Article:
How can you pray? Here are some long-term and short-term prayers for this week:

Our long-term requests are the same:

  • That God would be glorified in and through Emily and her Osteosarcoma, and that we all would submit to His glory being our priority.
  • That Emily and our entire family would grow through this (we believe God is always out for our good – which ultimately is to become more like Jesus).
  • That God would heal Emily and she would live a full, long life serving and pleasing Him.
  • That Emily (and all of us) would have peace and joy. This did not take God by surprise and He is for us.
  • That we would be sensitive to how God wants to use this in all of our lives.
  • That the cancer has not spread at all. And that the surgery would be successful in removing all the cancer.

Our short-term requests include the following:

  • Emily asked you to pray that she will clear more quickly so she can go home earlier. After six nights in the hospital last week, I’d love it to be only 4 nights and go home on Monday morning.
  • Continue to pray that the chemo would be potent in killing cancer and weak in its side effects. Emily would love to not throw up this week.
  • This particular med causes painful mouth sores. She is doing some preventative measures to avoid them. She currently has two minor sores that are manageable. Pray that not many more develop over this treatment.
  • We came to MD Anderson as our first choice. For many, it is their last option. We are meeting a lot of those families. There is one family who recently found out there is nothing else the doctors can do for their son. His cancer started as osteosarcoma but has continued to spread. And now, although they are continuing treatments, the cancer is not shrinking. Could you pray for Tommy and his family? He is an 11-year-old boy. The family has a strong faith in Christ, but our hearts break for them.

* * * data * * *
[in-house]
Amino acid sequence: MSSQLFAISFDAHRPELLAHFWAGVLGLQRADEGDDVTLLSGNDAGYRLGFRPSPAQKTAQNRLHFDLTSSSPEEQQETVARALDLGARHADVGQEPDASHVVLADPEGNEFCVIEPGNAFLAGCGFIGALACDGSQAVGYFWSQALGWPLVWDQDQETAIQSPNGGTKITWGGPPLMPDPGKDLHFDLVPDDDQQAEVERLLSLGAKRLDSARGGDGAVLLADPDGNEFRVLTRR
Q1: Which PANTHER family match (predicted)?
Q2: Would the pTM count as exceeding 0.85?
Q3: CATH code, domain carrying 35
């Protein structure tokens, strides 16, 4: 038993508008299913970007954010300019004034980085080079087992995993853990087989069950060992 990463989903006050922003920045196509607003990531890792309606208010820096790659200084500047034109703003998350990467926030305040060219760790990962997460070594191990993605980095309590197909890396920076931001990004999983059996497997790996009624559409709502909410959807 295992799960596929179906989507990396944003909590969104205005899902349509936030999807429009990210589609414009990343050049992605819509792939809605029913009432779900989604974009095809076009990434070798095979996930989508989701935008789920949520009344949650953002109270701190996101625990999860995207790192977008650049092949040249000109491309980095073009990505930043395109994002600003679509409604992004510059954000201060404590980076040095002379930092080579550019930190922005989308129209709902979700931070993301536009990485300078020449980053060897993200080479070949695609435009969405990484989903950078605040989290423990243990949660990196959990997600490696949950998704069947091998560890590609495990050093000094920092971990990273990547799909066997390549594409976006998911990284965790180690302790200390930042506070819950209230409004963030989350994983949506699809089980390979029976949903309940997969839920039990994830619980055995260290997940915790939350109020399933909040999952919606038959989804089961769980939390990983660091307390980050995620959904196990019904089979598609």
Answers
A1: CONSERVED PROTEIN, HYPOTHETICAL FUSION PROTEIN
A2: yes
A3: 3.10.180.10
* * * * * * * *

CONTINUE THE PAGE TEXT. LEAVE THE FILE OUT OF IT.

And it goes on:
• Last night we gave Emily a “thought” we want her to focus on for this week of chemo. It comes from a statement I made during a series I taught from 1 Peter on suffering. Could you pray that she will remember through this suffering that “God is sovereign. He is good. He can be trusted.”

  1. Two things:
    1) How could I get one of the t-shirts you and your family were wearing in the photo you posted with the last blog entry?
    2) I knit and crochet, and would love to make Emily a hat to wear so she has more than one. What’s her favorite color/colors? Gotta have an extra for when your favorite is in the wash, or you’re in the mood for something different, yeah? 😉

    Emily and the entire Whiting family are in my prayers every night. The “valley of death” referenced in Psalm 23 comes to mind when I think of going through cancer treatment, or any Extremely Trying and Difficult time. God is with Emily, and he is with you, David. He is with Sue, Allie, and Morgan. He is with Tommy and his family (my heart breaks for them as well).

    • 1) You might see if MD Anderson sells them on their website.
      2) She has a couple of hats she likes. One of her fav colors is light blue

      Thanks for the prayers

  2. Just want to let you know that our Lifegroup at Hope church has been lifting Emily, and your family , up in prayer as she takes each step of this journey. May she, and each of you feel the Lord’s loving arms, and His healing presence.
    In Christ’s love and ours, Kyra and Dave Niklewicz